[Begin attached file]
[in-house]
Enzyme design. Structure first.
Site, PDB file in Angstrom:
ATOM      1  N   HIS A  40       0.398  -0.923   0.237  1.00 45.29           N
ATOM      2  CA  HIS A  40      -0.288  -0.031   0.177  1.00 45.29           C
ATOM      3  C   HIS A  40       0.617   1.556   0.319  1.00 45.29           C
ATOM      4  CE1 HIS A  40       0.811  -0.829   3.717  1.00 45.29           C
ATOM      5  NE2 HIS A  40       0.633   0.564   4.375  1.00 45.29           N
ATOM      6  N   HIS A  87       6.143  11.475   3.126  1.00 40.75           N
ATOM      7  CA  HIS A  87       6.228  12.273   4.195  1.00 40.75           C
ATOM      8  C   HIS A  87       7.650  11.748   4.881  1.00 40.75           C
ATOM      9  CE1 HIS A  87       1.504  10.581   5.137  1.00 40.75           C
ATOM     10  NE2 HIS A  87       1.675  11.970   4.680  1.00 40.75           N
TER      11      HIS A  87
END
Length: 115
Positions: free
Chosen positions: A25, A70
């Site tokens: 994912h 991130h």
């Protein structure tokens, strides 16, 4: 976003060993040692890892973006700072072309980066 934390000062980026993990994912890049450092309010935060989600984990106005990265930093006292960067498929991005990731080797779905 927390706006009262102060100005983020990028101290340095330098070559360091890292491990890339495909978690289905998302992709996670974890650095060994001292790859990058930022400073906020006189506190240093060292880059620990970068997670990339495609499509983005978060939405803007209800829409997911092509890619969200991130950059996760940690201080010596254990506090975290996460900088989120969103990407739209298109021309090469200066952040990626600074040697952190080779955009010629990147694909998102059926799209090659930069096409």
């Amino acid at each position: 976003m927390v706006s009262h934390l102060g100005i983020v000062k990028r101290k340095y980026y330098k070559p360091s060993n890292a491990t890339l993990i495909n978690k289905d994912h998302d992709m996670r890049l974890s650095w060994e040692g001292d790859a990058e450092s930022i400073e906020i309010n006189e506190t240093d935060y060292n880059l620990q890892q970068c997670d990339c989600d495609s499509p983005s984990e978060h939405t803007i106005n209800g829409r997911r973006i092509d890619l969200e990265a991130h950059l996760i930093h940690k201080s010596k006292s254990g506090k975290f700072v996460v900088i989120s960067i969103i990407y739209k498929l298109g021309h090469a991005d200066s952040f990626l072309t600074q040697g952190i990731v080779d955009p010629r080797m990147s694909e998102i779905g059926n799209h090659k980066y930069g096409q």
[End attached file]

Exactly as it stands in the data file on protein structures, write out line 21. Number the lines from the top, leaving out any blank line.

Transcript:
């Amino acid at each position: 976003m927390v706006s009262h934390l102060g100005i983020v000062k990028r101290k340095y980026y330098k070559p360091s060993n890292a491990t890339l993990i495909n978690k289905d994912h998302d992709m996670r890049l974890s650095w060994e040692g001292d790859a990058e450092s930022i400073e906020i309010n006189e506190t240093d935060y060292n880059l620990q890892q970068c997670d990339c989600d495609s499509p983005s984990e978060h939405t803007i106005n209800g829409r997911r973006i092509d890619l969200e990265a991130h950059l996760i930093h940690k201080s010596k006292s254990g506090k975290f700072v996460v900088i989120s960067i969103i990407y739209k498929l298109g021309h090469a991005d200066s952040f990626l072309t600074q040697g952190i990731v080779d955009p010629r080797m990147s694909e998102i779905g059926n799209h090659k980066y930069g096409q």